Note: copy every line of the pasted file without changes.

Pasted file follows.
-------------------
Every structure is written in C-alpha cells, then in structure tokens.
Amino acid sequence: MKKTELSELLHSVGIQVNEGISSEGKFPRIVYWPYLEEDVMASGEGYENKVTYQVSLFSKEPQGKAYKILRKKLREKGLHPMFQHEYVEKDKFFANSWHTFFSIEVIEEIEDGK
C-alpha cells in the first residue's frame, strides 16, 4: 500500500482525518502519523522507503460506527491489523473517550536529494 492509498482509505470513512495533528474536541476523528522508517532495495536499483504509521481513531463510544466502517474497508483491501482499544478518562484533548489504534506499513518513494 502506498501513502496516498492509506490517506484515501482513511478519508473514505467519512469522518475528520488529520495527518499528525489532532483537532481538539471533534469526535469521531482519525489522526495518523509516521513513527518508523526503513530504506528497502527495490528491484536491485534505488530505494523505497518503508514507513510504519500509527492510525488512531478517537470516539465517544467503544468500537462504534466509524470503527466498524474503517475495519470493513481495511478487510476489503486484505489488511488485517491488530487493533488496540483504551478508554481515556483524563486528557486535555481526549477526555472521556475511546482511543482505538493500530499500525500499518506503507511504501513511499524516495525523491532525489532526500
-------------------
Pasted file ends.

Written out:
Every structure is written in C-alpha cells, then in structure tokens.
Amino acid sequence: MKKTELSELLHSVGIQVNEGISSEGKFPRIVYWPYLEEDVMASGEGYENKVTYQVSLFSKEPQGKAYKILRKKLREKGLHPMFQHEYVEKDKFFANSWHTFFSIEVIEEIEDGK
C-alpha cells in the first residue's frame, strides 16, 4: 500500500482525518502519523522507503460506527491489523473517550536529494 492509498482509505470513512495533528474536541476523528522508517532495495536499483504509521481513531463510544466502517474497508483491501482499544478518562484533548489504534506499513518513494 502506498501513502496516498492509506490517506484515501482513511478519508473514505467519512469522518475528520488529520495527518499528525489532532483537532481538539471533534469526535469521531482519525489522526495518523509516521513513527518508523526503513530504506528497502527495490528491484536491485534505488530505494523505497518503508514507513510504519500509527492510525488512531478517537470516539465517544467503544468500537462504534466509524470503527466498524474503517475495519470493513481495511478487510476489503486484505489488511488485517491488530487493533488496540483504551478508554481515556483524563486528557486535555481526549477526555472521556475511546482511543482505538493500530499500525500499518506503507511504501513511499524516495525523491532525489532526500